Thursday 1 August 2019

The Power of Social Engineering Part Three; First Line of Defence

Written by Stuart Peck

In the previous two articles, we covered the fundamentals of social engineering and techniques used by attackers to great effect to gain unauthorised access to sensitive information. In this post, we are going to outline some of the defensive techniques you can develop to reduce your exposure to social engineering. Note that I did not say mitigate or remove risk, because the reality is that even the most hardened security professional can be social engineered; it’s a matter of timing and a well-researched and crafted pretext, that could lead to an attacker striking gold.

What this article aims to provide is a range of tactics that reduce the exposure from simplistic to advanced techniques used by attackers on a regular basis.

People-Centric Attack Vector Requires People-Centric Defence

If you are reading this then you may have spent years learning about infosec, attended a few training courses, maybe you hold a few certificates, and consider yourself adept at dealing with phishing and other social engineering attacks. Now let’s talk about compliance based “Security Awareness” training; on average, this is an annual or biannual exercise, usually online or through a Learning Management System, and derives little engagement from the employees. The key here is that infosec professionals spend many years learning their tradecraft, and yet we expect users to change behaviours, become adept at spotting and reporting phishing emails and other attacks in a 1-2-hour CBT (Computer Based Training) course.

Changing behaviours takes time; on average, over 3 months before new habits form and become normal working procedures. The key to affect change is to get user buy-in, which usually is very difficult unless your training is highly engaging and preferably face to face. It’s made even more difficult given security departments are typically small in comparison to the rest of the IT team and verses the actual headcount of the business. This is where developing programs that encourage champions is vital, where the security team can increase their footprint within each of the business units with a person who takes an active interest in promoting information security, training, and is essentially the human sensor for the infosec team.

Defence is Much More Than Just Training

Specifically identifying your high-risk groups of people in your organisation that are likely to be targeted by social engineers, and providing targeted training is a quick win, but it’s also important to provide a wider and longer term strategy that does not just involve annual Computer Based Training activity. Social engineering defence is the balance between Education, well enforced Policies and Technology. Here are a few ideas:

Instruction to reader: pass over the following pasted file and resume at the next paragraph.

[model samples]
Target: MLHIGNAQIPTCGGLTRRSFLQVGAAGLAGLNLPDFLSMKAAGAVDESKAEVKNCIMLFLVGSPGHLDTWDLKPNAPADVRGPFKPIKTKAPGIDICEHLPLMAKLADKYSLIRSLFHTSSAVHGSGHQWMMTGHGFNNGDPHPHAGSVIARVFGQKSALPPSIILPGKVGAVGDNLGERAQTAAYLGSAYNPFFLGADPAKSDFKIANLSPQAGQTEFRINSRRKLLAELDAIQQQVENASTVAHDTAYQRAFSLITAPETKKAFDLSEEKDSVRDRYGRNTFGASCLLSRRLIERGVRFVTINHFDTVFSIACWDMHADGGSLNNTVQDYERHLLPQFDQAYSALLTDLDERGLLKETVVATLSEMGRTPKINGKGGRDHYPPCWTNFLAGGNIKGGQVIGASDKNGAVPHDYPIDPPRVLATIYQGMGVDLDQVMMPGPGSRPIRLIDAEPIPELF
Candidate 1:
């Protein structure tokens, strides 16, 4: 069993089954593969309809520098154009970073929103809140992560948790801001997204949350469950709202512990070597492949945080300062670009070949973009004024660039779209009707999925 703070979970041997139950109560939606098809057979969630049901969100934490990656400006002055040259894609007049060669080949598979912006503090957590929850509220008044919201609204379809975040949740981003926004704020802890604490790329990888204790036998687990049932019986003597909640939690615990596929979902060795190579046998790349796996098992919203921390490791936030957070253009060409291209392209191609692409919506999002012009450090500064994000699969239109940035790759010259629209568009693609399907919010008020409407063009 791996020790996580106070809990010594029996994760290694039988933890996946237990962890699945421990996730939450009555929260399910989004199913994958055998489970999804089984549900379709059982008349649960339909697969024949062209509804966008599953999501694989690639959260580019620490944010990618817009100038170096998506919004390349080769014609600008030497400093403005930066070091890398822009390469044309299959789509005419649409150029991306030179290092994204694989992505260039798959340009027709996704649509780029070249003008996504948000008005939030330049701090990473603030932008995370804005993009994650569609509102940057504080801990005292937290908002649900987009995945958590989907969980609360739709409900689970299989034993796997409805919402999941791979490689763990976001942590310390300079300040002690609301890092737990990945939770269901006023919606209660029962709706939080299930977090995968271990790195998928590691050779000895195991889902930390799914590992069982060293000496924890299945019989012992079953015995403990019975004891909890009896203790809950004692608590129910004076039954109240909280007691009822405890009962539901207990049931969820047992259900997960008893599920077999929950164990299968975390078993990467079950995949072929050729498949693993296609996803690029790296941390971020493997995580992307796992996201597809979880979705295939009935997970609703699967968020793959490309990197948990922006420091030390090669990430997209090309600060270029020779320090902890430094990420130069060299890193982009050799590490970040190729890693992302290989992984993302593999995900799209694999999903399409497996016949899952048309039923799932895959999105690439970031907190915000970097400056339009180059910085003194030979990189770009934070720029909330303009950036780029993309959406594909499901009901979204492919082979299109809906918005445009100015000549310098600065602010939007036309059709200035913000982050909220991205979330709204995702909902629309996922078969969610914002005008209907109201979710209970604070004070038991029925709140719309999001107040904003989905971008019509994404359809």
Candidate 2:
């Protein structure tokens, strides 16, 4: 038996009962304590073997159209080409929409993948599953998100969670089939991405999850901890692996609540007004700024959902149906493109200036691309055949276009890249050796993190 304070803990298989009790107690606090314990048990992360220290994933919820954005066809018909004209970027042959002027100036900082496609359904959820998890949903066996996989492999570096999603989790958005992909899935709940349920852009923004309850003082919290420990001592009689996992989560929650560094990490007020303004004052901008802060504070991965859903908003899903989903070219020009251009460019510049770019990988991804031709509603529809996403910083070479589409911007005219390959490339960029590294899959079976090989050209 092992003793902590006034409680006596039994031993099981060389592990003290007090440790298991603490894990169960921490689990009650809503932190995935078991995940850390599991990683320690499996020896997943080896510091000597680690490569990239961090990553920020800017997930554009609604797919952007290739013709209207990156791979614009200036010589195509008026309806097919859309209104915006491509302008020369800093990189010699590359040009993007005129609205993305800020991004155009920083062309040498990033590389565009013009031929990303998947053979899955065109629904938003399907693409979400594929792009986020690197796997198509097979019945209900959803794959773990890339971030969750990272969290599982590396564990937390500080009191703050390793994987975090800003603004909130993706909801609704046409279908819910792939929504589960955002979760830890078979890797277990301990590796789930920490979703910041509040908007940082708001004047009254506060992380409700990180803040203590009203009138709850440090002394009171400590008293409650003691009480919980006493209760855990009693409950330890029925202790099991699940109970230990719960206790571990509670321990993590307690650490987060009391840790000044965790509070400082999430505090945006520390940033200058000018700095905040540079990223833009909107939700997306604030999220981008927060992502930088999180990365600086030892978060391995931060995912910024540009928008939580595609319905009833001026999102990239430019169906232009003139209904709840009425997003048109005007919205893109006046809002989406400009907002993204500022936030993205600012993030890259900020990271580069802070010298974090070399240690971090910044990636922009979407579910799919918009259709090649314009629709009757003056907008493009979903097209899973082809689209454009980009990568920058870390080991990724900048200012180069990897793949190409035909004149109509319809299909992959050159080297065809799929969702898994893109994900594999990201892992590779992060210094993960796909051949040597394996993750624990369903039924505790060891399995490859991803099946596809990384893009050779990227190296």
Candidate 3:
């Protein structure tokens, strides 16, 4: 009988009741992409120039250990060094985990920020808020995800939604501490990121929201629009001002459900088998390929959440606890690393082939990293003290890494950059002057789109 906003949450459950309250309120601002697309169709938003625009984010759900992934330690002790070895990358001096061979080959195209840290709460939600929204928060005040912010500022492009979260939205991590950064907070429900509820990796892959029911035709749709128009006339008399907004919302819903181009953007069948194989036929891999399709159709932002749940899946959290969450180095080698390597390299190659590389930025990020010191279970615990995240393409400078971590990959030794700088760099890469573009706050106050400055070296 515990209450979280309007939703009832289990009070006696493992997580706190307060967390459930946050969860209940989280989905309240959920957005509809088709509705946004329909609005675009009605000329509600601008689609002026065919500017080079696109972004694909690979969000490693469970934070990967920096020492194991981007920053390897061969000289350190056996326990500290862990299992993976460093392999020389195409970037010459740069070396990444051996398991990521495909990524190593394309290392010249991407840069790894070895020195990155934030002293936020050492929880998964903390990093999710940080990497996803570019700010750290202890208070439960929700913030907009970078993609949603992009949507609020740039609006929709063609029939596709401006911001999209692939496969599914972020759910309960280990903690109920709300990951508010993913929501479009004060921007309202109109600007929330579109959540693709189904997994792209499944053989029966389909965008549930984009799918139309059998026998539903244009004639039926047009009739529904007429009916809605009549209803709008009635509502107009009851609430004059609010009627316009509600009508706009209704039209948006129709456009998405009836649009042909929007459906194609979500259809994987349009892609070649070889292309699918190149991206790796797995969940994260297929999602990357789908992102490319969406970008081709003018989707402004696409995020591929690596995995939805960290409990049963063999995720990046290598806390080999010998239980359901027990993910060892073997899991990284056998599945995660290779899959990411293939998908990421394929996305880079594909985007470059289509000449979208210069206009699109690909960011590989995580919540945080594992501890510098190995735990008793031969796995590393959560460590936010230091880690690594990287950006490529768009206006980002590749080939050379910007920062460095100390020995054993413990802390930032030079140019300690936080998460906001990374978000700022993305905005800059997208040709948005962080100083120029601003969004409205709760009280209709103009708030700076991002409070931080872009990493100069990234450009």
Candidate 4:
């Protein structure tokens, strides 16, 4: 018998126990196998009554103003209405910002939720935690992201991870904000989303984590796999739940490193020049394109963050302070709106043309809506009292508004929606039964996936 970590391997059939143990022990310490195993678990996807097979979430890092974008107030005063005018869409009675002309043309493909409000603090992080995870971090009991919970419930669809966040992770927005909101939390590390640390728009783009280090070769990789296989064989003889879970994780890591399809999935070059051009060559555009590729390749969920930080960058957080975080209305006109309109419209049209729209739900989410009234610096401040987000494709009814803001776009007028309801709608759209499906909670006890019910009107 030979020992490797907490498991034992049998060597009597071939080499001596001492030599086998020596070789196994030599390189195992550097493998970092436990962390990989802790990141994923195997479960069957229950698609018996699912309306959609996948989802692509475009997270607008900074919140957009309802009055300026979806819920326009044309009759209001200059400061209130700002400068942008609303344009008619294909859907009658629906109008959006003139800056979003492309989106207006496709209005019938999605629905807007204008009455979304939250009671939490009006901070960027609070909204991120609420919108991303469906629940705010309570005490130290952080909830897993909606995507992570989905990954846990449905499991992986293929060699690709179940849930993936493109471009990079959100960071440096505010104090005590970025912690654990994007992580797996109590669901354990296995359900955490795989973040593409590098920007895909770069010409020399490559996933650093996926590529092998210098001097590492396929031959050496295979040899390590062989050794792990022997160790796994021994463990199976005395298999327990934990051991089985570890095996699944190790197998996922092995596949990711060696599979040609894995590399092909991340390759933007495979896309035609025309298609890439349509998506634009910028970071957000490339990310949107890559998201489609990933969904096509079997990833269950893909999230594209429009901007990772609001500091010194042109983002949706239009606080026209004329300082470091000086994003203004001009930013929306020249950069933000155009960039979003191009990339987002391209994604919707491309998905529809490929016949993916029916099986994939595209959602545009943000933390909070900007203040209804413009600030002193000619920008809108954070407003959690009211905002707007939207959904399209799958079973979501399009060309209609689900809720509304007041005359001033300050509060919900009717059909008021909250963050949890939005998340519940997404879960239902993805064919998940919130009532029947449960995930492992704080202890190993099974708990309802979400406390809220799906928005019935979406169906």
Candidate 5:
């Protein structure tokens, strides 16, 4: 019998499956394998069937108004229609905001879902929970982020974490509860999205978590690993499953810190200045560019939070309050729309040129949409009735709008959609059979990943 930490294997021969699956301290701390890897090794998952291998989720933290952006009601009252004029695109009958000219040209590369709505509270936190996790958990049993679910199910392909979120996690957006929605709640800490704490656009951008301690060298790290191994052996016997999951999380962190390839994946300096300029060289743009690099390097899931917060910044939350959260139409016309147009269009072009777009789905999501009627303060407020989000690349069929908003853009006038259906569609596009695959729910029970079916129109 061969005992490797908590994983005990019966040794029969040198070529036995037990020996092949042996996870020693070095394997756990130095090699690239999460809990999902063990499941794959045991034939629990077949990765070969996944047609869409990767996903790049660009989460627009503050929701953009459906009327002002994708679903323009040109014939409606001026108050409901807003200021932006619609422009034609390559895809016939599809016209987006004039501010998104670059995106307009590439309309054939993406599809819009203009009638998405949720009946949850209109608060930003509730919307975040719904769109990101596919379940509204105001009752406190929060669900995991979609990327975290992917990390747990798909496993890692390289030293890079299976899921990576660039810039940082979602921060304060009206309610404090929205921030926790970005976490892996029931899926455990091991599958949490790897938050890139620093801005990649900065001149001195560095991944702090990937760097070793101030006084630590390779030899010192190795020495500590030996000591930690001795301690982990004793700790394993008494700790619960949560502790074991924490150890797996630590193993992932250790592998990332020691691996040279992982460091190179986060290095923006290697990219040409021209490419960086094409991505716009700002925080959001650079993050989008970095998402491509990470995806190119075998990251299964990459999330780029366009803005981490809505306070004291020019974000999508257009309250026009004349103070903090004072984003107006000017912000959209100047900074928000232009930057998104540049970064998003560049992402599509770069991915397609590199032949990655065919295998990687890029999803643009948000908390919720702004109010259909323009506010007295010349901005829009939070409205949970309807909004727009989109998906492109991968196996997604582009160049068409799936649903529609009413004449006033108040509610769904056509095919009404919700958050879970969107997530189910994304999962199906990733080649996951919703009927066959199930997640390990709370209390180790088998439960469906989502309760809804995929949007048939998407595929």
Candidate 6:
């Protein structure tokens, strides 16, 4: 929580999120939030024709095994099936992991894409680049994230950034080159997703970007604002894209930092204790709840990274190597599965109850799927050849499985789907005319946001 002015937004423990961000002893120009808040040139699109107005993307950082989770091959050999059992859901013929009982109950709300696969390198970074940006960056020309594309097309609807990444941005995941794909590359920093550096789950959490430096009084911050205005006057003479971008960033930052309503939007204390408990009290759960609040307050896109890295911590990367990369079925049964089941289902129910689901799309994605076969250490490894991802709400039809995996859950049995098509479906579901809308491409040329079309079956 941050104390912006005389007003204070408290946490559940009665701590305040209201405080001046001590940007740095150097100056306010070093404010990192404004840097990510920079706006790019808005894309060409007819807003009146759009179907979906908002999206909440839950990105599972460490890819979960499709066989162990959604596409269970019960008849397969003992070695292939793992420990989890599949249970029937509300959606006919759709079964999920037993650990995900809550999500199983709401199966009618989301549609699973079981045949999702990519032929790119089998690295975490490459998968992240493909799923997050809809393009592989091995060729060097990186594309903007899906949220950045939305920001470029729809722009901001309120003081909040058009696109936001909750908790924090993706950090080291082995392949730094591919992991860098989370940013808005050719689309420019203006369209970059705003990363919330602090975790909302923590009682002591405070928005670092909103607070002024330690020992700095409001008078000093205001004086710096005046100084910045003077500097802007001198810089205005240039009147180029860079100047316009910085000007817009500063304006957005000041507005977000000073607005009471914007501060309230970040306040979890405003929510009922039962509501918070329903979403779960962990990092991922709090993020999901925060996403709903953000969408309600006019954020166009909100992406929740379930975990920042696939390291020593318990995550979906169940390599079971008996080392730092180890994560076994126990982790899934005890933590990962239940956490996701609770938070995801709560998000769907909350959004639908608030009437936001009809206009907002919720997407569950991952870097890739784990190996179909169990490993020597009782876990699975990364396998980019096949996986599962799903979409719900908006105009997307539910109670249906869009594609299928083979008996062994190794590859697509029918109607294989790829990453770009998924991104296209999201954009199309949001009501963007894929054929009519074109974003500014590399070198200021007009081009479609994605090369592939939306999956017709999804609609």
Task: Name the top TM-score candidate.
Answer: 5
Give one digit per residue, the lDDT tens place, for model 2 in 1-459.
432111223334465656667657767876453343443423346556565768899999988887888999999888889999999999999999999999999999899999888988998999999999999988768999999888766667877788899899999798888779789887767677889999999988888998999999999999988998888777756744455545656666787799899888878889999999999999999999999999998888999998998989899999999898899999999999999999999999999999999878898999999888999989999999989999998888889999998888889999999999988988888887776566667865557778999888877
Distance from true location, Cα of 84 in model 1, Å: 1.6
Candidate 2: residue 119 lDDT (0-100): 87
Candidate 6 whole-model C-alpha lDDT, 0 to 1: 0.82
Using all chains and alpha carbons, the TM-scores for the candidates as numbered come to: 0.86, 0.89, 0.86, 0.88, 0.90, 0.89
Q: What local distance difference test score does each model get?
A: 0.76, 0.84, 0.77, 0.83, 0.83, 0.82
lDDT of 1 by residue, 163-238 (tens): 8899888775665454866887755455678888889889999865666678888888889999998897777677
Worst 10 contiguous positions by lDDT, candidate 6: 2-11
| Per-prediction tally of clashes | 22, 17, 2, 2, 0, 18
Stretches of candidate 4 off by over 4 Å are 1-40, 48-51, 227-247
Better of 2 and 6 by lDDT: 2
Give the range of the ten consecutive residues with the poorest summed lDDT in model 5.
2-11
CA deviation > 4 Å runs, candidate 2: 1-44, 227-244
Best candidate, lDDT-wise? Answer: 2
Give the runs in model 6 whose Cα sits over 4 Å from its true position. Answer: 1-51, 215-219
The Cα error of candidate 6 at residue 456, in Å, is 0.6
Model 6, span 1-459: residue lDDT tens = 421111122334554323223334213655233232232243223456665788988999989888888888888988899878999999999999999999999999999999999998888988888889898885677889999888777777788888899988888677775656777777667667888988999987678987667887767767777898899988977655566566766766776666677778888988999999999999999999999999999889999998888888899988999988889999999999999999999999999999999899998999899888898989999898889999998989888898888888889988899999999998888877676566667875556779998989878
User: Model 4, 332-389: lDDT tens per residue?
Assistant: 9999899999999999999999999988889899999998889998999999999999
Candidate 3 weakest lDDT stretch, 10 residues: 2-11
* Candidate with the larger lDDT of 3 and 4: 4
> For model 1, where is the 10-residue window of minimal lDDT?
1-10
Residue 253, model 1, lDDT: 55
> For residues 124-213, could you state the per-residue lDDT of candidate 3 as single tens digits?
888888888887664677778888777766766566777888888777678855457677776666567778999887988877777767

1)      Know who your targets are and invest in regular face to face training. Everyone is a potential target for social engineering, however, here are some high-risk groups:

·         Executive Assistants
·         Customer facing employees
·         IT / Developers
·         Marketing / social media
·         Finance / Payroll

2)      Understand the risks of oversharing; are your employees making themselves an easy target?

·         Monitor social media, especially Instagram / Facebook and provide guidance on what could expose the employees and the company to risk of being targeted
·         Make employees aware of the exposure and provide regular training on the risks of oversharing

3)      Specific and regular training on the risks of social engineering is vital, but in addition:

·         Provide policies that do not penalise those who report, but actively encourage engagement. Buy-in is a must!
·         Principles of trust but verify destabilise social engineering and can be highly effective
·         Segregation of duties for high-risk targets is vital!

4)      Technology, people, and process need to work in harmony; without this, social engineering will always be a risk

·         Ensure everyone has multi-factor or U2F to reduce risks from phishing and credentials stuffing
·         Put in place processes and technology that allows employees to easily report potential phishing scams
·         Gamification and simulated attacks work but naming and shaming does not

5)      Understand the risks and exposures

·         Policy and procedure review - does everyone know their responsibilities? How can you prove this?
·         Data Risk Assessment and Discovery - where is the critical data? How well protected is it? Who has access?
·         Incident Response – how effectively can you detect, react and respond to a social engineering attack?

6)      Attackers Don’t Care About Compliance

·         Prevent social engineering attacks by conducting risk assessments to spot & remediate potential weaknesses
·         Regularly test for weaknesses in people, process and technology. Test, remediate, repeat
·         Compliance training does not drive lasting change! Make training fun, engaging, and about the employee; give them the skills and tools to improve their own personal security posture, therefore massively reducing risk

In Summary

Social engineering has been around for an extremely long time, but technology has enabled it to scale at a rate never seen before. Existing strategies of annual training, unclear policies and reliance solely on technology to fix what is a very human problem, are clearly not working.

What’s required is a long term strategy where regular face to face training is invested in; safe behaviours are championed; reporting is encouraged; policies are clear, well defined, and presented in a way that normal employees can understand; and technology is used in a way to help deter, detect, react and respond to attacks that target the human.

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